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by Derek Loosvelt | July 23, 2009


I haven’t read Malcolm Gladwell’s best-selling book The Tipping Point so correct me if I’m wrong but I believe, with respect to financial scandals, such a point was just reached this morning with the arrest of approximately 30 New York and New Jersey residents, including several rabbis and the mayors of Hoboken and Secaucus, in connection with an international money-laundering conspiracy.

Speaking of Gladwell, in case you missed the speech he gave a few months ago about how overconfidence killed the economy (which I previously linked to), the writer’s words were published this week by The New Yorker in a piece entitled, “Cocksure: Banks, battles, and the psychology of overconfidence.” It's well worth your time.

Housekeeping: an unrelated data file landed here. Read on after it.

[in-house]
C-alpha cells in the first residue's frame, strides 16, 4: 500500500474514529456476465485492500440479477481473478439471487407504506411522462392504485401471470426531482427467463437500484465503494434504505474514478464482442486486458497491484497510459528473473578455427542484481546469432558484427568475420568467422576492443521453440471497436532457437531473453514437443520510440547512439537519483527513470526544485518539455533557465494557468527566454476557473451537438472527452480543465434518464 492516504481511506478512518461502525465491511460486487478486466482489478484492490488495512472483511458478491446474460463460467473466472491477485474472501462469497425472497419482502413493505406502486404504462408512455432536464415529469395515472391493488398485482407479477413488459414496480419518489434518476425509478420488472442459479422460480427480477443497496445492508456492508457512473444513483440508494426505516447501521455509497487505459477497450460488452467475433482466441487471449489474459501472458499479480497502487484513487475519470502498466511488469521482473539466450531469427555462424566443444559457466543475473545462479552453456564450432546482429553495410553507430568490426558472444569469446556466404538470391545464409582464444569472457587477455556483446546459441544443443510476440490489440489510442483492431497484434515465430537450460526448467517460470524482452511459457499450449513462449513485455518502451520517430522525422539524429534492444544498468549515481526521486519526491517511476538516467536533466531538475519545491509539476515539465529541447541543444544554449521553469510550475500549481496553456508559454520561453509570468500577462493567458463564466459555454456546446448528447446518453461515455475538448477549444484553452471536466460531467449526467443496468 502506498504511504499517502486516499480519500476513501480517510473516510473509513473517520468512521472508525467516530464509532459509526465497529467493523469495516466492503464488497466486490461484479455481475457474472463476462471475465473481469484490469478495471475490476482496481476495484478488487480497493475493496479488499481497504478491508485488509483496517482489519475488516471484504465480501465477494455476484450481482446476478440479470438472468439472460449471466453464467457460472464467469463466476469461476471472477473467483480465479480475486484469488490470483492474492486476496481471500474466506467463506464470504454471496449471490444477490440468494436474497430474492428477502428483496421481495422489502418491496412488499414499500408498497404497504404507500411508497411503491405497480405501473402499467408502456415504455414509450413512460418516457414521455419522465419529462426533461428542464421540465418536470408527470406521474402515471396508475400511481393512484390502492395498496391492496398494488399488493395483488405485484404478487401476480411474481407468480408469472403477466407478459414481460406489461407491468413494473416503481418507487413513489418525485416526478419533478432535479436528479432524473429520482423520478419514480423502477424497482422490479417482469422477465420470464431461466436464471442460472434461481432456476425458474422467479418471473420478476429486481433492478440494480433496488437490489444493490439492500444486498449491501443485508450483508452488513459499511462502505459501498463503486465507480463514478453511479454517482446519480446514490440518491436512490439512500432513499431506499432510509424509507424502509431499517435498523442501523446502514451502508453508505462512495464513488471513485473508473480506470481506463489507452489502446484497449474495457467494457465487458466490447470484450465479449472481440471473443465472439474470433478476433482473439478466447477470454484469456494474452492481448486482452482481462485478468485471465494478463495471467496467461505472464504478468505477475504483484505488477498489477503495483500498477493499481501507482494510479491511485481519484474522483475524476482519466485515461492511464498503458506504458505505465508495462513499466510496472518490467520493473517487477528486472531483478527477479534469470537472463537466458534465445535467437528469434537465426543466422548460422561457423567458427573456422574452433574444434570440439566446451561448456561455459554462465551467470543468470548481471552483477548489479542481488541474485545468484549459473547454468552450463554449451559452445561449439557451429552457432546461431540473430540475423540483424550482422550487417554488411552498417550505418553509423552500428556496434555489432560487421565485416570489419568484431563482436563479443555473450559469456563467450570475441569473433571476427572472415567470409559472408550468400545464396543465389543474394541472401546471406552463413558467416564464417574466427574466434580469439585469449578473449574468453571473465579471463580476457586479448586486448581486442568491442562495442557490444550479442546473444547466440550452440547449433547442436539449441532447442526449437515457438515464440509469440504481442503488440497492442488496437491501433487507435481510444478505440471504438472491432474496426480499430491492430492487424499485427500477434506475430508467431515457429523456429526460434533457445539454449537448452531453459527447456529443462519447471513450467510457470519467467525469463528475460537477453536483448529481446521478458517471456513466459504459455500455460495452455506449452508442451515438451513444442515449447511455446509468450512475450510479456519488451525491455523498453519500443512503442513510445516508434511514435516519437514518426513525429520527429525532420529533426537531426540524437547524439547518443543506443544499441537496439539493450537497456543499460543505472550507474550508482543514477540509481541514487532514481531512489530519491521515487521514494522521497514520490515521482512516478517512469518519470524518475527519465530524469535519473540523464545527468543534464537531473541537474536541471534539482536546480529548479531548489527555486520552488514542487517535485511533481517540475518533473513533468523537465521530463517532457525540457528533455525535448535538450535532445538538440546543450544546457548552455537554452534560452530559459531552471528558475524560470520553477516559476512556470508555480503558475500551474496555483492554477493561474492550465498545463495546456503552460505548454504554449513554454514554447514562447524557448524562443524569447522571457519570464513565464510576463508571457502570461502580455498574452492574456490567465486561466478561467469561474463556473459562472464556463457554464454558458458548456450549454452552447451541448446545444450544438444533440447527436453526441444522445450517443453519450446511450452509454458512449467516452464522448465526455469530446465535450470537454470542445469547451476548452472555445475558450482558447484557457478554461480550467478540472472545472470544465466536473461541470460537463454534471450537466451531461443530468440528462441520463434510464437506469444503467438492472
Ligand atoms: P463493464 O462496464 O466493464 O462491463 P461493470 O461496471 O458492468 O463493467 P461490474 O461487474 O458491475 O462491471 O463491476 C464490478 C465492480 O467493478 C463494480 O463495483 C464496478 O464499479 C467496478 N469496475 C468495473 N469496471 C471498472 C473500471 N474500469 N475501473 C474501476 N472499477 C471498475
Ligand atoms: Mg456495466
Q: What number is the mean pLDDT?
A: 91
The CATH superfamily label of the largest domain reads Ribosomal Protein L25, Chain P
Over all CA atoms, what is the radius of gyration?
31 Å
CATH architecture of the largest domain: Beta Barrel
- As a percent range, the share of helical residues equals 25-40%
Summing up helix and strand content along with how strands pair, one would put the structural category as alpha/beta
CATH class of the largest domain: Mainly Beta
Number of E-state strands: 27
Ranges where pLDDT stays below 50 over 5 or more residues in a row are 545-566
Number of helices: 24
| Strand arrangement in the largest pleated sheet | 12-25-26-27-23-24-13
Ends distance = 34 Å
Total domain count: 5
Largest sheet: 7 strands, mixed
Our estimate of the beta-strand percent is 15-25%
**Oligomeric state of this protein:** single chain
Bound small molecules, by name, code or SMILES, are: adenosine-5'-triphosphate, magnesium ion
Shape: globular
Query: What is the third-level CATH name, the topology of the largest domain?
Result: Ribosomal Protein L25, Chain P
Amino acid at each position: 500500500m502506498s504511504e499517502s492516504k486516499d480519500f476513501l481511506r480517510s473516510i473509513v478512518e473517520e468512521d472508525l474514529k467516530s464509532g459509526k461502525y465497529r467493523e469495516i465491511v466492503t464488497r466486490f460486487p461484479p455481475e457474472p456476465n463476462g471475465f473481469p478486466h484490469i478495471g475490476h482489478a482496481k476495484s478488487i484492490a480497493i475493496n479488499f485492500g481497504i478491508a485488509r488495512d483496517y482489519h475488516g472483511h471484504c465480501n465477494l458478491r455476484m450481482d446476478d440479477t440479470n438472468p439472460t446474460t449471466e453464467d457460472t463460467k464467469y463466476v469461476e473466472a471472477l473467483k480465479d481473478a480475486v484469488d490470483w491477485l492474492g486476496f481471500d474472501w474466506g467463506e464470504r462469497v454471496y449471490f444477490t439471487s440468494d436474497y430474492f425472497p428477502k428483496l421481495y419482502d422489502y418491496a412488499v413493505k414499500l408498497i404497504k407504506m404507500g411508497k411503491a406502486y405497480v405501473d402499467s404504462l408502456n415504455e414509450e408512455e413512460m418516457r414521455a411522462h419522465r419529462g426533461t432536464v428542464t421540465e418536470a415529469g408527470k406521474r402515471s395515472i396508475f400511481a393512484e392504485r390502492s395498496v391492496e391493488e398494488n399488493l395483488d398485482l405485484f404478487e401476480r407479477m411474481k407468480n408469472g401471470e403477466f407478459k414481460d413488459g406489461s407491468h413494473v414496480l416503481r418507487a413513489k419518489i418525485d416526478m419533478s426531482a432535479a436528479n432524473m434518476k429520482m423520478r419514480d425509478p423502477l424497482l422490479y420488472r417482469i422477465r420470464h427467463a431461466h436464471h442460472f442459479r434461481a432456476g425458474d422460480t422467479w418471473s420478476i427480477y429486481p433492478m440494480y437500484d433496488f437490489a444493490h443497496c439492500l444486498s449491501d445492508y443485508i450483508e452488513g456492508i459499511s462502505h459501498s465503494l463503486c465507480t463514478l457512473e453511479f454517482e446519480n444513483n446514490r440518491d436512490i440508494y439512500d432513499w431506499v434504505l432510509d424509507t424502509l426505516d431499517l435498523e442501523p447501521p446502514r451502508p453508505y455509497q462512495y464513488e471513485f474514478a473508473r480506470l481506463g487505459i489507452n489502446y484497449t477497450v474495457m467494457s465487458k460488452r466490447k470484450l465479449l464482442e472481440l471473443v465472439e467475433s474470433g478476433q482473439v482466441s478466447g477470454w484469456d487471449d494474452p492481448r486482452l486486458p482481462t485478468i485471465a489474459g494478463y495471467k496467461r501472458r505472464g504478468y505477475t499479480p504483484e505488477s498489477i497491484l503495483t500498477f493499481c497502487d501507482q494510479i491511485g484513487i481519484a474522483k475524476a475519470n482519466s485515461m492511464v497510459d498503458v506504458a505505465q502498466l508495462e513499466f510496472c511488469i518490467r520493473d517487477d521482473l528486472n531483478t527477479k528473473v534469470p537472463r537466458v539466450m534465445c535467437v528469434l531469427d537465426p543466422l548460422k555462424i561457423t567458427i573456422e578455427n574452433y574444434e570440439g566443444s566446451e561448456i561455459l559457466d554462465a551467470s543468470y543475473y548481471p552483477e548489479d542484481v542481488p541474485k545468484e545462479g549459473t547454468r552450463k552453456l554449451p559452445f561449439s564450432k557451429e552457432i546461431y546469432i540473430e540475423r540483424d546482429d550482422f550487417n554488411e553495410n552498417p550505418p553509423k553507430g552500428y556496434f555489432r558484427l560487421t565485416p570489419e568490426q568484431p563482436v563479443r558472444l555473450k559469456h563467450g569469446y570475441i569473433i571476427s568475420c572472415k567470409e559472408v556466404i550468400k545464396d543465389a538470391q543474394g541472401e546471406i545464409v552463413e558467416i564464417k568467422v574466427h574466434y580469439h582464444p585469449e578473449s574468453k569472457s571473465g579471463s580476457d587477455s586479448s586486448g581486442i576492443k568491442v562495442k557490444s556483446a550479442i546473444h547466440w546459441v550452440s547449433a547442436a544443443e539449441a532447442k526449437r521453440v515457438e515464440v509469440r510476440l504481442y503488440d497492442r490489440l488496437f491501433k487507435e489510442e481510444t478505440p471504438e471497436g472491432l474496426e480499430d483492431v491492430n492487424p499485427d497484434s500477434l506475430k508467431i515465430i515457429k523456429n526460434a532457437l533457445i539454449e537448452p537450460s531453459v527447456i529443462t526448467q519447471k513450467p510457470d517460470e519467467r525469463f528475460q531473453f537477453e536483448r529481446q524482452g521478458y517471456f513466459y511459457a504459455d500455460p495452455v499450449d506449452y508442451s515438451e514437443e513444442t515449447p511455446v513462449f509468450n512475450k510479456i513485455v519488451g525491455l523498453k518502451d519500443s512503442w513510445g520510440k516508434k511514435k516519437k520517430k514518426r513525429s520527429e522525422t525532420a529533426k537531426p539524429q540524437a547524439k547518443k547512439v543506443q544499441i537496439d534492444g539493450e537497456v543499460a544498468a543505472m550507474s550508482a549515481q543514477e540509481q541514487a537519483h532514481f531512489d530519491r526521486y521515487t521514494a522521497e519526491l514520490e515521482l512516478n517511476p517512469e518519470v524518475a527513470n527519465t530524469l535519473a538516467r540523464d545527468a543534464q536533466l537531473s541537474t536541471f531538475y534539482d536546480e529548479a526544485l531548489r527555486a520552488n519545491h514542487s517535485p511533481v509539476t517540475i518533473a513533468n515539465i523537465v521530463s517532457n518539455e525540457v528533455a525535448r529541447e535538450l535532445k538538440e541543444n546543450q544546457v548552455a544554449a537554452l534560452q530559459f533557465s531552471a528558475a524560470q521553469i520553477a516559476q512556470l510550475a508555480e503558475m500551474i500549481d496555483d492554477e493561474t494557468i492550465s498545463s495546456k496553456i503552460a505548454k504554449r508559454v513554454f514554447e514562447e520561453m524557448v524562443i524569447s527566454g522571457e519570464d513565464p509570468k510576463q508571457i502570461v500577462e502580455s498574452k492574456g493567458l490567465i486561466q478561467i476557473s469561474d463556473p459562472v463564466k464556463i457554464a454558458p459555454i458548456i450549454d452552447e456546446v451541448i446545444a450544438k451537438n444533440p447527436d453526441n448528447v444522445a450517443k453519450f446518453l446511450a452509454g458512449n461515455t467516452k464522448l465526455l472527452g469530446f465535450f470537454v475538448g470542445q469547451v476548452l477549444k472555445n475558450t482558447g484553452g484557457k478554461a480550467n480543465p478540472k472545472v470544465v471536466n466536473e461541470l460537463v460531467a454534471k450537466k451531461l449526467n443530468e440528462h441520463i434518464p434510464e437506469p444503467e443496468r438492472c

Finally, and sadly, it appears that Academy Award-Winning Spanish thespian Javier Bardem (who won an Oscar for portraying a poetic serial killing bounty hunter in the Coen Brothers film adaptation of Cormac McCarthy’s thriller No Country For Old Men) will not don Armani and Hermès to play an evil hedge fund manager in Oliver Stone’s sequel to Wall Street, the film that put “greed is good” and Gordon Gekko on the map. Reportedly, Bardem has opted to portray the love interest of a sappy soul searcher played by Julia Roberts in an adaptation of the best selling Eat, Pray, Love, rather than the nemesis of a young and hungry securities trader played by Shia LaBeouf.


Filed Under: Finance